My team manages a large Bitbucket server instance (6000+ repositories, 1000+ users) for a large company. We find the simplistic permissions model provided to be insufficient for an enterprise application. In particular, despite warnings, admins sometimes make repositories or whole projects read by everyone via Default Permissions or by granting "stash-users" read access (or more). We already disabled public access so only authenticated users can access these, but it is still not sufficient to manage this risk through auditing or alerting.
Restricting Default Permissions seems like it would be relatively easy, it is more difficult to restrict groups that can be given permissions.
Also, we currently restrict the groups that are available to be chosen by admins by using a prefix in the AD group search to use appropriate types/prefixes of groups. Unfortunately, Bitbucket does not actually implement AD properly so this breaks nested group lookups because the nesting may include groups not matching this pattern. The nested group search in AD is meant to be its own search, irrespective of the groups have been synchronised into Bitbucket.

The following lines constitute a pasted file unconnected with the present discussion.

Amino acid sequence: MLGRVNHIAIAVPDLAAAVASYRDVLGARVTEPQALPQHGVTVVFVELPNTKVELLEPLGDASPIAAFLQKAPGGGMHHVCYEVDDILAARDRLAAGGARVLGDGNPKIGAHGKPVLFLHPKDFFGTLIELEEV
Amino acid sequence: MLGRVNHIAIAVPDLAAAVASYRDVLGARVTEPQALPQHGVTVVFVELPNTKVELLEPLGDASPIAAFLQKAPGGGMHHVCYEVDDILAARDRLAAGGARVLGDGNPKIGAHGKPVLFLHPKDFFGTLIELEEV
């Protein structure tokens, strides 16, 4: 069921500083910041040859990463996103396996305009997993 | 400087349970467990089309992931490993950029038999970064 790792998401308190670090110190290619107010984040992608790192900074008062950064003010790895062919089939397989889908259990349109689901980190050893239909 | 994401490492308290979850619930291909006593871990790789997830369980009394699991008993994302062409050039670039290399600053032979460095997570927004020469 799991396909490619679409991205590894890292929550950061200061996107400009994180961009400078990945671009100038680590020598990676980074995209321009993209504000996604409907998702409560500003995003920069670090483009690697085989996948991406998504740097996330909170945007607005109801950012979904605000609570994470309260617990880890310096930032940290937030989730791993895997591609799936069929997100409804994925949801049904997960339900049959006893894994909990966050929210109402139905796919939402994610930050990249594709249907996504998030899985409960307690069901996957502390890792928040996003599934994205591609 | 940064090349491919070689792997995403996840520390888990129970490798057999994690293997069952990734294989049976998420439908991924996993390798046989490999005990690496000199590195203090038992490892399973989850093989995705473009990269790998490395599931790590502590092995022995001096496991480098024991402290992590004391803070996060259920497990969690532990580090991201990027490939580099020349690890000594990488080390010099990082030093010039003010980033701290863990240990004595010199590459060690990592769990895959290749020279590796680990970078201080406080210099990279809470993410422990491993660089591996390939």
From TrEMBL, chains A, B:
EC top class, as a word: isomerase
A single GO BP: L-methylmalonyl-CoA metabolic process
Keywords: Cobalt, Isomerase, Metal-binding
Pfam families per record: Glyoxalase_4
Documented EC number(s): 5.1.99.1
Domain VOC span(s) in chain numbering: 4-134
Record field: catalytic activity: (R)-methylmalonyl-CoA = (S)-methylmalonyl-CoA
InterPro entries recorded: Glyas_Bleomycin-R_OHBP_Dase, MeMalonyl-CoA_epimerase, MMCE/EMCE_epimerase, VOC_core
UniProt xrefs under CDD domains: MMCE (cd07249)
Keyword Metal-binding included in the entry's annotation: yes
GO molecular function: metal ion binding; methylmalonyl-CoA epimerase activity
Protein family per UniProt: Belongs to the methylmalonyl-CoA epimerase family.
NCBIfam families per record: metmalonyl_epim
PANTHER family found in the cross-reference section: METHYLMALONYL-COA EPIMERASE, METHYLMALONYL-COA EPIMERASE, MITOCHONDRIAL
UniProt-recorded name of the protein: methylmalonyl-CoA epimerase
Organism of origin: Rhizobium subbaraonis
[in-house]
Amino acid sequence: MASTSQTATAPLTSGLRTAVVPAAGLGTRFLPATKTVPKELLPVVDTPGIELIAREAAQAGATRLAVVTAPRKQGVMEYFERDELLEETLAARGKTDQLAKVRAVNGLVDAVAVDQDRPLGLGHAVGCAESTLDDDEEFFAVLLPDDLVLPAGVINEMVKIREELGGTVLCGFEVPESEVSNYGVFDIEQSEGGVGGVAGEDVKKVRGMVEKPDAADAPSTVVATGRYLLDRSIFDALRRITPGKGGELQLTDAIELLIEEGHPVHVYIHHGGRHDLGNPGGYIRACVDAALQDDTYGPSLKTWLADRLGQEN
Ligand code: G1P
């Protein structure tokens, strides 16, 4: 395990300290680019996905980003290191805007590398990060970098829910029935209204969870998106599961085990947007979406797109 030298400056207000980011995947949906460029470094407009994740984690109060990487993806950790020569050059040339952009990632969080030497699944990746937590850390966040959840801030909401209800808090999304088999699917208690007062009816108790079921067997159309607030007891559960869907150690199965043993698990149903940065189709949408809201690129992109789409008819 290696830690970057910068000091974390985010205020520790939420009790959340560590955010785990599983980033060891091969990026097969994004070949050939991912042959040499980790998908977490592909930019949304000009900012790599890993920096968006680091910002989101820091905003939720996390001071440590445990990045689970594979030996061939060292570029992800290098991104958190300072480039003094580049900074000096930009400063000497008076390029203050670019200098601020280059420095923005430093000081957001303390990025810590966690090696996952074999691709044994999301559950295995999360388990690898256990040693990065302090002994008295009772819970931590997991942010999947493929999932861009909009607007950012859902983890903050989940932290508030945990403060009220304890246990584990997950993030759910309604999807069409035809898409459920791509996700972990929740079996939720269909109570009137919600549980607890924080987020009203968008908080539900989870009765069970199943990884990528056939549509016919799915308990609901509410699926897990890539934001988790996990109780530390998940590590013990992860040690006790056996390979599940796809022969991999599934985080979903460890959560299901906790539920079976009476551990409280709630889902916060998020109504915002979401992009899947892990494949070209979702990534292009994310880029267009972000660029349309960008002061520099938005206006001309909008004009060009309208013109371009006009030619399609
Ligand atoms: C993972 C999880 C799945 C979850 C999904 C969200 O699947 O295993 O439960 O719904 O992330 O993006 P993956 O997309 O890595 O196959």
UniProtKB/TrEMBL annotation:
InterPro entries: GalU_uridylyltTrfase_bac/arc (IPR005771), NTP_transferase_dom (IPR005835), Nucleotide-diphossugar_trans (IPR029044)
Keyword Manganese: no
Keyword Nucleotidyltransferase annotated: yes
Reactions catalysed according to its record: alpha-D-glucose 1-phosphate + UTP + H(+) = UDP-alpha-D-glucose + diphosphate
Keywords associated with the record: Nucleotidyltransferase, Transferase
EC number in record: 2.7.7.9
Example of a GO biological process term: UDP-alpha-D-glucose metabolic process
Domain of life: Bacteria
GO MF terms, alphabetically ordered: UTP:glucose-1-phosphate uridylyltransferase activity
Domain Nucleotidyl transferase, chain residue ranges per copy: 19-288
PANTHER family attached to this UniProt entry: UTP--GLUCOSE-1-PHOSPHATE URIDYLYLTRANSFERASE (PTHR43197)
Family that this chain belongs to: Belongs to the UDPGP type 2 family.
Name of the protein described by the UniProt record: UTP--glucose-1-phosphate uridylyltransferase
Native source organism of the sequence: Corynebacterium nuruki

This is my suggestion for how "world-readable" could be restricted:
- There should be a global admin option to restrict Default Permissions to Admins, though the setting should be shown in the project/repo permissions
- There should be a global admin setting for what permissions P/R Admins are allowed to grant: None, Users, Users and All Groups (current), or "groups matching a pattern/whitelist"
- The pattern would allow us to restrict stash-users, and also require users use groups with a proper naming scheme such as SG-Bitbucket-*
- This also solves a problem where nested groups do not work because we have restricted the LDAP group lookup to said pattern; we could relax that lookup
- Bitbucket Admins should still be allowed to set any group in special cases
- Users should be able to see the Admins of any project/repository (even one they can’t currently access) so they can request access from them, rather than asking us.
We will determine an internal process for how to approve world-readable access.